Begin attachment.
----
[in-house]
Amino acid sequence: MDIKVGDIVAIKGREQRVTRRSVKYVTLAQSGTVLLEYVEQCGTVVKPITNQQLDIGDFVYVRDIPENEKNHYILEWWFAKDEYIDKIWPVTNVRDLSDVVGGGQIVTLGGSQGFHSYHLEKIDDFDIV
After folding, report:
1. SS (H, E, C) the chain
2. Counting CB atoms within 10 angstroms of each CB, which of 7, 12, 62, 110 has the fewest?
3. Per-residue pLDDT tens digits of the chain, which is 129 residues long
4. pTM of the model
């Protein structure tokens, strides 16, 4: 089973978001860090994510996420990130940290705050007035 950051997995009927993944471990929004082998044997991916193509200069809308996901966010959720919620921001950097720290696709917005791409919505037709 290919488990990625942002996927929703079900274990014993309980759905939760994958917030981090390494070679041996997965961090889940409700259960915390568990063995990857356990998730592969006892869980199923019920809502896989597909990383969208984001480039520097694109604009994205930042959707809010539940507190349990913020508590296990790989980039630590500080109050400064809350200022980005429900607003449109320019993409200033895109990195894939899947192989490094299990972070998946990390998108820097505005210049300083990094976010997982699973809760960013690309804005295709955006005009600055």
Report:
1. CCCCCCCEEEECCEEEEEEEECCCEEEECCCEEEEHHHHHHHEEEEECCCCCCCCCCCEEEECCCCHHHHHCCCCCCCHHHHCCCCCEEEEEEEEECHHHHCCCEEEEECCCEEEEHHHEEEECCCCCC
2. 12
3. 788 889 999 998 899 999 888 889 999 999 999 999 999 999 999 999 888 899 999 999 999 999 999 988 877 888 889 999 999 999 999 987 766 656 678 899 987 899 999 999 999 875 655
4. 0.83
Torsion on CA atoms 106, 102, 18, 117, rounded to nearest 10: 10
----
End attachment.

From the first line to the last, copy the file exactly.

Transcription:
[in-house]
Amino acid sequence: MDIKVGDIVAIKGREQRVTRRSVKYVTLAQSGTVLLEYVEQCGTVVKPITNQQLDIGDFVYVRDIPENEKNHYILEWWFAKDEYIDKIWPVTNVRDLSDVVGGGQIVTLGGSQGFHSYHLEKIDDFDIV
After folding, report:
1. SS (H, E, C) the chain
2. Counting CB atoms within 10 angstroms of each CB, which of 7, 12, 62, 110 has the fewest?
3. Per-residue pLDDT tens digits of the chain, which is 129 residues long
4. pTM of the model
């Protein structure tokens, strides 16, 4: 089973978001860090994510996420990130940290705050007035 950051997995009927993944471990929004082998044997991916193509200069809308996901966010959720919620921001950097720290696709917005791409919505037709 290919488990990625942002996927929703079900274990014993309980759905939760994958917030981090390494070679041996997965961090889940409700259960915390568990063995990857356990998730592969006892869980199923019920809502896989597909990383969208984001480039520097694109604009994205930042959707809010539940507190349990913020508590296990790989980039630590500080109050400064809350200022980005429900607003449109320019993409200033895109990195894939899947192989490094299990972070998946990390998108820097505005210049300083990094976010997982699973809760960013690309804005295709955006005009600055």
Report:
1. CCCCCCCEEEECCEEEEEEEECCCEEEECCCEEEEHHHHHHHEEEEECCCCCCCCCCCEEEECCCCHHHHHCCCCCCCHHHHCCCCCEEEEEEEEECHHHHCCCEEEEECCCEEEEHHHEEEECCCCCC
2. 12
3. 788 889 999 998 899 999 888 889 999 999 999 999 999 999 999 999 888 899 999 999 999 999 999 988 877 888 889 999 999 999 999 987 766 656 678 899 987 899 999 999 999 875 655
4. 0.83
Torsion on CA atoms 106, 102, 18, 117, rounded to nearest 10: 10